Fasset is currently in the process of tokenizing four brownfield assets across different jurisdictions. One of these is a wind farm in Pakistan, which was put into operation a few years ago by a developer who is now seeking government tenders for other wind farms. With one successfully completed project and hopes for more, this developer can either seek traditional financing to build the next farm, or liquidate part of the equity position in the current farm, thus lowering his cost of capital for the next project.
Speedier, frictionless transactions can also make it more attractive for well-capitalized foreign institutions to invest in emerging market infrastructure by refinancing transactions in different permutations of crypto, commodity and straight fiat currencies, while also bypassing some of the longtime constraints of infrastructure investing.
“Think about a renewable national grid project in Zimbabwe, which doesn’t necessarily have a local currency, but we know that a national grid is essential, core infrastructure to any country. It’s a very resilient asset, and it’s a much needed asset. Electrification of a country like Zimbabwe is extremely critical from an SDG [U.N. Sustainable Development Goals] perspective, and it’s healthy from a return perspective,” Hossain says. “By combining some of the return potential of the Fasset Governance Token…and the transfer-of-funds potential with Bitcoin or Ethereum or with even U.S. digital dollars — we’re making Zimbabwe into a more investor-friendly market that was simply impossible to do before.
“Even to transfer funds from an institutional investor — let say, from Manhattan — to Zimbabwe? That’s extremely difficult. And to repatriate those funds? Good luck. It could take time. But to be able to do that in parallel to the financial system, on Blockchain, where the intermediary is not a bank, it’s a decentralized protocol, and where as long as you’re meeting certain KYC [Know Your Client] requirements, the transfer of funds takes no time, and the ability to bring in non-linear incentives makes Zimbabwe into a more investor-friendly place.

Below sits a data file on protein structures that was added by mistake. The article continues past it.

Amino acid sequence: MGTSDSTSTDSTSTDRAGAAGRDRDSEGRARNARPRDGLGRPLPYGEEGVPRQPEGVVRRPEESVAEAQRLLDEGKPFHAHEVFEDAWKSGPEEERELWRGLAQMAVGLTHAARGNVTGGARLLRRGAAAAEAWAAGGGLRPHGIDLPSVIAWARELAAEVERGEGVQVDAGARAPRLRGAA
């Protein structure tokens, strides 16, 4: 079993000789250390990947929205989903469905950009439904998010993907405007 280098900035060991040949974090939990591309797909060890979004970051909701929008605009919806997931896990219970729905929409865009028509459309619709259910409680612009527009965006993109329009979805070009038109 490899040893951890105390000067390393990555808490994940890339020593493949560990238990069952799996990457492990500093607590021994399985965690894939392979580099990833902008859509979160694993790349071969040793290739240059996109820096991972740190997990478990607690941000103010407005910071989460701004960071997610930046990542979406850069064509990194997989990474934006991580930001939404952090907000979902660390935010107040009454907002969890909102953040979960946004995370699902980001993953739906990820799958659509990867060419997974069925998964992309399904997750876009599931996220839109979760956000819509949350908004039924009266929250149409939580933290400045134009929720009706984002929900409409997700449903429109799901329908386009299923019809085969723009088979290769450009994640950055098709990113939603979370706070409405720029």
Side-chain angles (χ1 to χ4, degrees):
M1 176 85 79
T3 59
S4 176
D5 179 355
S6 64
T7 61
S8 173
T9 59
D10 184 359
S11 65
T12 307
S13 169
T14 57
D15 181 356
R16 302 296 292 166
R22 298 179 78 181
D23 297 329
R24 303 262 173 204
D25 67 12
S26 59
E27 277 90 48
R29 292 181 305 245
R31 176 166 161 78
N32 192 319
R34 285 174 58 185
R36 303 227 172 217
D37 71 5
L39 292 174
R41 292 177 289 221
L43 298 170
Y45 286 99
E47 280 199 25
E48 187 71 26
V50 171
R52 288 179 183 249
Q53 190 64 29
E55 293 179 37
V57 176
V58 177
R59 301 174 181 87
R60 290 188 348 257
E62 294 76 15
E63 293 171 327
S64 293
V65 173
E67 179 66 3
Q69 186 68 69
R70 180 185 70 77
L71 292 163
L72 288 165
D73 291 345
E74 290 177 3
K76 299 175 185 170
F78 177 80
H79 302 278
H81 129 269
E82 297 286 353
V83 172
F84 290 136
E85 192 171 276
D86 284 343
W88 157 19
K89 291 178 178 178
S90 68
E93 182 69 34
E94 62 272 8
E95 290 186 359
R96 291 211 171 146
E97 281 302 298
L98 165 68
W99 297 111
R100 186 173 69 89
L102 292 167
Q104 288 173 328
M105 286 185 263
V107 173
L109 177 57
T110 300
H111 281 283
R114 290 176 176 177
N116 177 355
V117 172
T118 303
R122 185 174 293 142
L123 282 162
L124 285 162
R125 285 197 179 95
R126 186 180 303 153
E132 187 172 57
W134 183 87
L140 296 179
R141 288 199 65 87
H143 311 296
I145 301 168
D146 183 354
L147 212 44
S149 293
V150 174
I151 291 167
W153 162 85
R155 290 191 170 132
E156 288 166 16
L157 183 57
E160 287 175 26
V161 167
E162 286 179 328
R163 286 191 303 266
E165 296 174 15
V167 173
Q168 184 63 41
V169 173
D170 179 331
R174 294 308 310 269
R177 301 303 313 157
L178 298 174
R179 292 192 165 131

Hossain says the robustness of the Ethereum protocol — its system of smart contracts — makes it well-suited for legal and regulatory issues specific to infrastructure investment. Under the ERC 1400 Ethereum protocol, Fasset can programmatically encapsulate ownership certificates of equity within actual tokens. This enables financial regulators, who will require robust KYC and Anti-Money-Laundering (AML) provisions, the ability to monitor fund and ownership flows, and to reverse any suspected illicit transaction, greater transactional oversight.
Full regulatory embrace of these technologies may not be far off. In 2017, London-based capital markets tokenizer Nivaura successfully cleared, settled and registered a securitized, Ethereum-denominated bond on a blockchain platform. And in March of this year, German multinational automaker Daimler AG issued the first fully digital and legally recognized Schuldschein (corporate bond).
Hossain says demonstrating legal enforceability and a high security threshold will be key. Once the U.K.’s Financial Conduct Authority recognizes blockchain-enabled transfer of physical asset ownership, he expects investment activity to increase dramatically.
The change to emerging markets infrastructure investment could be transformational, even within the next five years, by which time Fasset hopes to offer a currency mode for actual infrastructure project finance.
“In five years’ time, let’s say there’s a developing market government that denominates a greenfield renewable power plant in what we call the infrastructure-backed dollar,” says Hossain.
“So this government says, ‘We will tender a purely digital investment in a native digital currency, and the yield will also be paid to these investors in the same digital currency. [So] you have a government denominating a new project in a digital currency, yield is also paid in a digital currency, and incoming investments are going to be paid digitally. What an amazing frictionless environment [in which you] can you unearth a real asset that exists in the real world, but through digital investments that are not linked to currency risk, any sort of banking risk, in the sense of…cross-border risk. Combining that with our nonlinear incentives of FGT, [these are] amazing possibilities. If we can get to that point in five years, then we’ve made enough of an impact that we can be proud of.”